The curious case of mysterious deaths in Muzaffarpur left most of the epidemic researchers and doctors puzzled. The number of the deceased seemed to be growing at a fast pace with no valid rhyme or reason.
Over the past three years, when summer was at its peak in mid-May, there were many instances of children waking up with convulsions, high fever and loud cries. Not just kids, young and healthy individuals used to complain of sudden seizures and inexplicably slip into a coma. As strange as it sounds, the problem would automatically stop from July onwards, with the onset of monsoon.
Some attributed it to heat stroke, others credited it to pest infections and pesticide poisoning. But, no one could solve the bizarre outbreak in India. Leaving no fixed pattern, it would strike any random child without showing any visible trace of symptom in his siblings or playmates.
Struggling to search for an explanation, Dr Rajesh Yadav, an investigator with the India Epidemic Intelligence Service, moved to the city of Muzaffarpur and closely observed the cycle of events for three long years. The reason has finally been unearthed, and it’s shocking.
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On Tuesday, a joint investigation published by India’s National Center for Disease Control and the India office of the Centers for Disease Control and Prevention in Atlanta published a report identifying the cause of this phenomenon. Turns out, the otherwise harmless fruit, lychee, when consumed on an empty stomach by malnourished children leads to death.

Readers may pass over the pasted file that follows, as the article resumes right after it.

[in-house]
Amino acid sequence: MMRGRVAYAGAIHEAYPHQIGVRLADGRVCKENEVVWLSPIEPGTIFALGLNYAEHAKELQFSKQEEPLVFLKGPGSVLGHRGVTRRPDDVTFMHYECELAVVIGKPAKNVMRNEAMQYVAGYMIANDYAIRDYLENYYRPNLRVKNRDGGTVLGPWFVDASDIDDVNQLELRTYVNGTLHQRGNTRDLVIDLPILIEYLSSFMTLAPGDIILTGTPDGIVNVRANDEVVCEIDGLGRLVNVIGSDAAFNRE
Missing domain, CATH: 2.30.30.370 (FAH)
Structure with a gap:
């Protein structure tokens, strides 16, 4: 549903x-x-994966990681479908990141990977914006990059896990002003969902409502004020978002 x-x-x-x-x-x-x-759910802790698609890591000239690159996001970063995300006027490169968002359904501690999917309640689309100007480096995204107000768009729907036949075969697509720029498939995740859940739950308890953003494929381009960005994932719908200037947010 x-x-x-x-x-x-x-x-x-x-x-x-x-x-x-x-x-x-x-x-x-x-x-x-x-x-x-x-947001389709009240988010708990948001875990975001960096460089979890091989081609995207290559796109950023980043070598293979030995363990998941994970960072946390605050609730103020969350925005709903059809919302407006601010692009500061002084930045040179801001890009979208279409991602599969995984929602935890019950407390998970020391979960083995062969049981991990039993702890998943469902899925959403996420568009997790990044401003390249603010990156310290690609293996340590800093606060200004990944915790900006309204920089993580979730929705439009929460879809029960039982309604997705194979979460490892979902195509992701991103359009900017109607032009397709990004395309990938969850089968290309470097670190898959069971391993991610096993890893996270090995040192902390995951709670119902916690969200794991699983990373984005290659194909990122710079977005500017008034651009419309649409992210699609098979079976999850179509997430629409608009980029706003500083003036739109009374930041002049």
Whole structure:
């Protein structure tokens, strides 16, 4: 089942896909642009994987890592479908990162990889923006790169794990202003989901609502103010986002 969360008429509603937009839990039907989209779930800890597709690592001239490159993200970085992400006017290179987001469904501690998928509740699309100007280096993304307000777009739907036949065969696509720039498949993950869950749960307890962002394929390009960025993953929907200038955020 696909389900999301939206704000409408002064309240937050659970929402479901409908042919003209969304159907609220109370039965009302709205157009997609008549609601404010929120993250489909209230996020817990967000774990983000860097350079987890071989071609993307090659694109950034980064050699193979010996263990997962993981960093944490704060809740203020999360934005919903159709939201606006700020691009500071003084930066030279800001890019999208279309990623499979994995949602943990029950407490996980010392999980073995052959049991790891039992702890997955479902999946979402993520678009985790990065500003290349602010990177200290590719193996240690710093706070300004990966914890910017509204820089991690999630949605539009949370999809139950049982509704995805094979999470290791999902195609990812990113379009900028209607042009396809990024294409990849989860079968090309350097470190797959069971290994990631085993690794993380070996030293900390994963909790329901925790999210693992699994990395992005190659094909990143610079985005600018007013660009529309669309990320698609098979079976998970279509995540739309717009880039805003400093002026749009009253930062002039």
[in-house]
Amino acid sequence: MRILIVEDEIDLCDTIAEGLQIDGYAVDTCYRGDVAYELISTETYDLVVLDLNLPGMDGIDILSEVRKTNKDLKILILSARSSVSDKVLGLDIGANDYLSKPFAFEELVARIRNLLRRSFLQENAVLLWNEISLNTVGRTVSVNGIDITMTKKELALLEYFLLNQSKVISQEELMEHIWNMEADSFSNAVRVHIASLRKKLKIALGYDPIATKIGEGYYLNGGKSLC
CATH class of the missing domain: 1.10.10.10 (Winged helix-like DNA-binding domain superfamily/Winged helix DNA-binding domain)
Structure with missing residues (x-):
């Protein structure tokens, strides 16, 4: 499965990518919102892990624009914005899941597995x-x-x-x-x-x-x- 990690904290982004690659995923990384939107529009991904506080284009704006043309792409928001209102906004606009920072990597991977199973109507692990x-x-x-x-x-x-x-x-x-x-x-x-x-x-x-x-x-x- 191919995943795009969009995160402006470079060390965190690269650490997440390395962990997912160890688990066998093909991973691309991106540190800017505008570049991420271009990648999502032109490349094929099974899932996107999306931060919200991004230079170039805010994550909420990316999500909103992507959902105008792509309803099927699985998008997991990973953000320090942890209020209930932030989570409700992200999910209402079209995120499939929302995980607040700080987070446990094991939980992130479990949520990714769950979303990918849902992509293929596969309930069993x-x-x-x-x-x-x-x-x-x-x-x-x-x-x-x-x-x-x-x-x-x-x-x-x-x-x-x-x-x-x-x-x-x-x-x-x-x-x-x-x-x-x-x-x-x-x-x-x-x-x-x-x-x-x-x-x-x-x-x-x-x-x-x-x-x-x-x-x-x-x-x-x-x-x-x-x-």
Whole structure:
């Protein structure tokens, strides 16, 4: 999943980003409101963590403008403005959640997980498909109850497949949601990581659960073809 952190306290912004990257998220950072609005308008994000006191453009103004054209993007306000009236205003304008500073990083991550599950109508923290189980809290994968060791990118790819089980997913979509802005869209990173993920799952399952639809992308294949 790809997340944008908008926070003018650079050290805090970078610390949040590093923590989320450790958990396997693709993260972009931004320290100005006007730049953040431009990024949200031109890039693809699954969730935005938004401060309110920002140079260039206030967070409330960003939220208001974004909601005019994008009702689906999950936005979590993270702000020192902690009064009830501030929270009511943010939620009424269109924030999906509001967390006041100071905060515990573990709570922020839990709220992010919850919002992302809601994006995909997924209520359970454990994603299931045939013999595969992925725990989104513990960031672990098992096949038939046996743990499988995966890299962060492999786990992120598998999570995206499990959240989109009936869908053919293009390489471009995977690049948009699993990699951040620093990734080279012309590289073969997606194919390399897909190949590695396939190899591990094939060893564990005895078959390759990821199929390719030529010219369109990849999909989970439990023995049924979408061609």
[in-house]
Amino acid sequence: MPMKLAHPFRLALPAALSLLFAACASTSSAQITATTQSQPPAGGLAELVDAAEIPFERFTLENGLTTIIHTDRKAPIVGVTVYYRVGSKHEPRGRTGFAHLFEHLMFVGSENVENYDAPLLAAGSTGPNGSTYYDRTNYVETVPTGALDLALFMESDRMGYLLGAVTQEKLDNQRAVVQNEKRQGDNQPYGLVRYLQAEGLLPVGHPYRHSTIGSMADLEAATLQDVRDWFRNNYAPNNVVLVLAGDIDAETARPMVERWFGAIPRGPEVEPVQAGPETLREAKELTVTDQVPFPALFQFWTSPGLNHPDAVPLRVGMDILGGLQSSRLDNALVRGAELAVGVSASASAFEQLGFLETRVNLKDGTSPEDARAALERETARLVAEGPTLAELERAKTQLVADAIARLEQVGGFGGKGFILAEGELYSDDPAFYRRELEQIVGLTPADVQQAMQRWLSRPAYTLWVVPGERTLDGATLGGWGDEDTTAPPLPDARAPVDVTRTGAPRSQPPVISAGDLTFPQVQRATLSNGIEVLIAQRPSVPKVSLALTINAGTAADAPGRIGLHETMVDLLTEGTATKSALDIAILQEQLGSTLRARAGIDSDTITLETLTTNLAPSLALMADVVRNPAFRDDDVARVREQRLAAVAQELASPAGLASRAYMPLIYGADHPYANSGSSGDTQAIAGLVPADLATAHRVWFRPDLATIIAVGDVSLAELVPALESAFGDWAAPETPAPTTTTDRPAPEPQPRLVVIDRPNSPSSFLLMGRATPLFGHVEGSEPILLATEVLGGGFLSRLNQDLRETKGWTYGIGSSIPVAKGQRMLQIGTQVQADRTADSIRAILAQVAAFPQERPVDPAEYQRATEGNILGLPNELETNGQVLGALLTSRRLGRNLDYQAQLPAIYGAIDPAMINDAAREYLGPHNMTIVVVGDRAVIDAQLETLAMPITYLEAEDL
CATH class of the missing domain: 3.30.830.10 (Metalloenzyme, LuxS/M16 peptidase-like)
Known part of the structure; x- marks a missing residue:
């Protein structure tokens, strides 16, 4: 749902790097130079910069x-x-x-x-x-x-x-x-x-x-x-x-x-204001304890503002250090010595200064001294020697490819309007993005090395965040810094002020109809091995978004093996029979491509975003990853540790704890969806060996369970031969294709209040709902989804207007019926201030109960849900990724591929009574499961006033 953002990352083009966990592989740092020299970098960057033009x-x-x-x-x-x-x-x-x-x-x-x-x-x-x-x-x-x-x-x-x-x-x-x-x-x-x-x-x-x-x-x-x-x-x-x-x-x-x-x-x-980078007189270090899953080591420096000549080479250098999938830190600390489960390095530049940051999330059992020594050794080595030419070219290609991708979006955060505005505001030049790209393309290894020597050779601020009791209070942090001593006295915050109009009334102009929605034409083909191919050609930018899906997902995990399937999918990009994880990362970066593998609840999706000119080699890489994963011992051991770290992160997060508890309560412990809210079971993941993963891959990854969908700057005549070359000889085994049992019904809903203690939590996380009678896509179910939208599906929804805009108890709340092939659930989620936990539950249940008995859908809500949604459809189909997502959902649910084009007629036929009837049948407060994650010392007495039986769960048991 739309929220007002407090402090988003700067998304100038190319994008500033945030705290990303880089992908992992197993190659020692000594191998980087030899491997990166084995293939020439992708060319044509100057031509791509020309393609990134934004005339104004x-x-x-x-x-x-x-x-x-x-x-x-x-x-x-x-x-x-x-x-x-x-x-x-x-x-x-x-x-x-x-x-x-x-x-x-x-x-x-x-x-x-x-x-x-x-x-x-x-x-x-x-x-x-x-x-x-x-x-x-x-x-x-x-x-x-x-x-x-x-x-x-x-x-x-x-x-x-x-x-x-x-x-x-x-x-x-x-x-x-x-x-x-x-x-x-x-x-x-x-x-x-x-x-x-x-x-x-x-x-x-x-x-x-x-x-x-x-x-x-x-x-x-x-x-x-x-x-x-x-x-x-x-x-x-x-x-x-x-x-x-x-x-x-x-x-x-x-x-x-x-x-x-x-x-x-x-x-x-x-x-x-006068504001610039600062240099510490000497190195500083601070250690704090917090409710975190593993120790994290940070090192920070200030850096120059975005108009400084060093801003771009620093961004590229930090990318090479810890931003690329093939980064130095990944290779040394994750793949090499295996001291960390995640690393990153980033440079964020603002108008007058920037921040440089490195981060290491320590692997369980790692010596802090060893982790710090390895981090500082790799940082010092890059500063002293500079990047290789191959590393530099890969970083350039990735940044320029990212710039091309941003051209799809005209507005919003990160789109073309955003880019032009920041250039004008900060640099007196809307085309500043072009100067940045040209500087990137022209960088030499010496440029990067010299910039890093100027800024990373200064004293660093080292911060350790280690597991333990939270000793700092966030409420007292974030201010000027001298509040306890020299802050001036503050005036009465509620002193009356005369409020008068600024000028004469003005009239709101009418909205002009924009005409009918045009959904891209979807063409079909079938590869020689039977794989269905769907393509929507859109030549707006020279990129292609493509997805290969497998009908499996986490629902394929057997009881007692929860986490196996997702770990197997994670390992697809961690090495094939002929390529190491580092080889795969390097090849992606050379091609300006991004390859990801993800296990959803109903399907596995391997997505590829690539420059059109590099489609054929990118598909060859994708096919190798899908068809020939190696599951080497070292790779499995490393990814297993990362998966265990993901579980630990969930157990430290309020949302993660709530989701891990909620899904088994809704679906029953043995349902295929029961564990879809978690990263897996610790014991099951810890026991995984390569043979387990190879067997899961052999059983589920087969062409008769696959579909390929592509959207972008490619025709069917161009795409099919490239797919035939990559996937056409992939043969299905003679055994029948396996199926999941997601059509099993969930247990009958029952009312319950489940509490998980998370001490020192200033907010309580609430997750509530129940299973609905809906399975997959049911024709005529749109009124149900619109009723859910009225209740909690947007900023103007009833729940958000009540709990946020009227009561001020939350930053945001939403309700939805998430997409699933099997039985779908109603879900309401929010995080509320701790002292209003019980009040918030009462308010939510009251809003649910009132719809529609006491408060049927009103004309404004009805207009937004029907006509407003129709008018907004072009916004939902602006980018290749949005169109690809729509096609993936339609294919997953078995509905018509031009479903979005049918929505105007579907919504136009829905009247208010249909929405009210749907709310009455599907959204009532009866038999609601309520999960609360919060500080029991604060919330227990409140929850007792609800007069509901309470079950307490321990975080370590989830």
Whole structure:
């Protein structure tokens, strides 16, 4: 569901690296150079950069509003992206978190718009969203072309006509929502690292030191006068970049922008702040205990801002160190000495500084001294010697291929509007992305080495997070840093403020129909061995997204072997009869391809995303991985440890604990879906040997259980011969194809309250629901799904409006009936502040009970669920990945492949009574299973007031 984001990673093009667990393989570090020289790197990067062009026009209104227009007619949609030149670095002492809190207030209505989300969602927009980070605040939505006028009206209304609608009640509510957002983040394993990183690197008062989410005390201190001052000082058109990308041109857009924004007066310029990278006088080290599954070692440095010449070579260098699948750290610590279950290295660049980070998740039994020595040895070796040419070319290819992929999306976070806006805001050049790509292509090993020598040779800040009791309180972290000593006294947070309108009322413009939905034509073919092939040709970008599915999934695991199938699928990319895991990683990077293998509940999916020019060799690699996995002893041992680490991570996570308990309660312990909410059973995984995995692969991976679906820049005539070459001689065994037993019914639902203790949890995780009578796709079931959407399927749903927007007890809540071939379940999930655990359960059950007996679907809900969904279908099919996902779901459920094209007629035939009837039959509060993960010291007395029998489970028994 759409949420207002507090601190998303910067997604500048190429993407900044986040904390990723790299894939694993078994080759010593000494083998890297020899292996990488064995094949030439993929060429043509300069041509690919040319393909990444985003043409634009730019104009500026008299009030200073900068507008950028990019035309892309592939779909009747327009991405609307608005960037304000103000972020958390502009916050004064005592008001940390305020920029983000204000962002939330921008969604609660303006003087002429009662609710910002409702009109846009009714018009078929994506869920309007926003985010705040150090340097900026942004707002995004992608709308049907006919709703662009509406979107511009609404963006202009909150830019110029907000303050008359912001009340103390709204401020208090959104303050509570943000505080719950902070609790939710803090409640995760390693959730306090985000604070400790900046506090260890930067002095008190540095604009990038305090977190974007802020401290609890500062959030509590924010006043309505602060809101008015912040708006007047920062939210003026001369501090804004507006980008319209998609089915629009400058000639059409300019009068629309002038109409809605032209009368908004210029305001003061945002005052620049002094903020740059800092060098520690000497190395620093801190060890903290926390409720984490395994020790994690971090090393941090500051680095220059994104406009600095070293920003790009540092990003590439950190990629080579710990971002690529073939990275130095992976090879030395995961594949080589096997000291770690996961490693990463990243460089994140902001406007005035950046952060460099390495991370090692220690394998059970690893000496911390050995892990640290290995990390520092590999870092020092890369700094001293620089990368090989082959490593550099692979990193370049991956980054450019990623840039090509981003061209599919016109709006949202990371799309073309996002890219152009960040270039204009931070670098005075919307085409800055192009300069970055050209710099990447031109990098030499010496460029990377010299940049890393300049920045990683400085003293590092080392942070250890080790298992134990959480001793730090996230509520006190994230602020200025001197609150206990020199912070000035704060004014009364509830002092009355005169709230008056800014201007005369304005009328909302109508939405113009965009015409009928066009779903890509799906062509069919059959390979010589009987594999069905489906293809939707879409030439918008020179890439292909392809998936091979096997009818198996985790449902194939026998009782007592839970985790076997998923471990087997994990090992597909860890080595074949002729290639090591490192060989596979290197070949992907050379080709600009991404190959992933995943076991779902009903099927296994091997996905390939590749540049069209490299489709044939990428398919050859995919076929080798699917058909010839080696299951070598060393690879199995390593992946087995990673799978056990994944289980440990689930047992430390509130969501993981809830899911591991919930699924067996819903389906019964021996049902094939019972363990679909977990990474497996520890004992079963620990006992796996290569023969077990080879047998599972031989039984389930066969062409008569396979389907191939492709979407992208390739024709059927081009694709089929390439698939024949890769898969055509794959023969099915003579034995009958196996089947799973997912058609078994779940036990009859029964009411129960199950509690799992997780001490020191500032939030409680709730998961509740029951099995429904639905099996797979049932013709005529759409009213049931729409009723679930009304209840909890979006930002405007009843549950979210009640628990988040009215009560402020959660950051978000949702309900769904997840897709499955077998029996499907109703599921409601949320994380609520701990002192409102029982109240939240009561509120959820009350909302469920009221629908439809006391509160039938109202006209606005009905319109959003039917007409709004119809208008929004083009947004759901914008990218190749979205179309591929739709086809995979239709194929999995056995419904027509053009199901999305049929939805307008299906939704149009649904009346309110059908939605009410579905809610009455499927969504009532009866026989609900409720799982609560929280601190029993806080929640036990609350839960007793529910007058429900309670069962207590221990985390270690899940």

In 2015, when health officials instructed parents to feed a healthy evening meal to their children instead of the fruit, the number of deaths subsequently dropped down to almost 50 per cent.
Here’s how they decoded the mystery deaths
Lack of white blood cells: The subjects used to suffer from an acute brain swelling also known as encephalopathy. Over many years of research, clinicians realised that many sick children did not have fever. An analysis of their spinal fluid showed that they didn’t have an elevated count of white blood cells, implying that their body was fighting infection.
Low blood sugar levels: Some children had extremely low levels of glucose, which meant they were twice as likely to die.
Ackee fruit connection: A conference call with colleagues in Atlanta led the researchers to be aware of a “Jamaican vomiting sickness”, which had similar symptoms like convulsions, mental illness and brain swelling. There was a certain link to it as east Muzaffarpur produces almost 70 per cent of India’s lychee harvest, and the fruit – akin to ackee – also has high levels of hypoglycin, and a similar toxin known as methylenecyclopropyl glycine, or MCPG. Children often used to eat the unripe lychees lying on the ground. Since everyone in the region ate lychees, no one previously connected the fruit with the illness or deaths.
Metabolic imbalance: A test to find out hypoglycin in urine revealed alarming levels in the affected kids.
The mystery was solved!
Based on these findings, families were asked to make sure the children had healthy meals and were made to reduce the consumption of lychees, specifically keeping away from unripe ones.
The takeaway for the rest of the world from this? Be wary before eating unripe lychees on an empty stomach!
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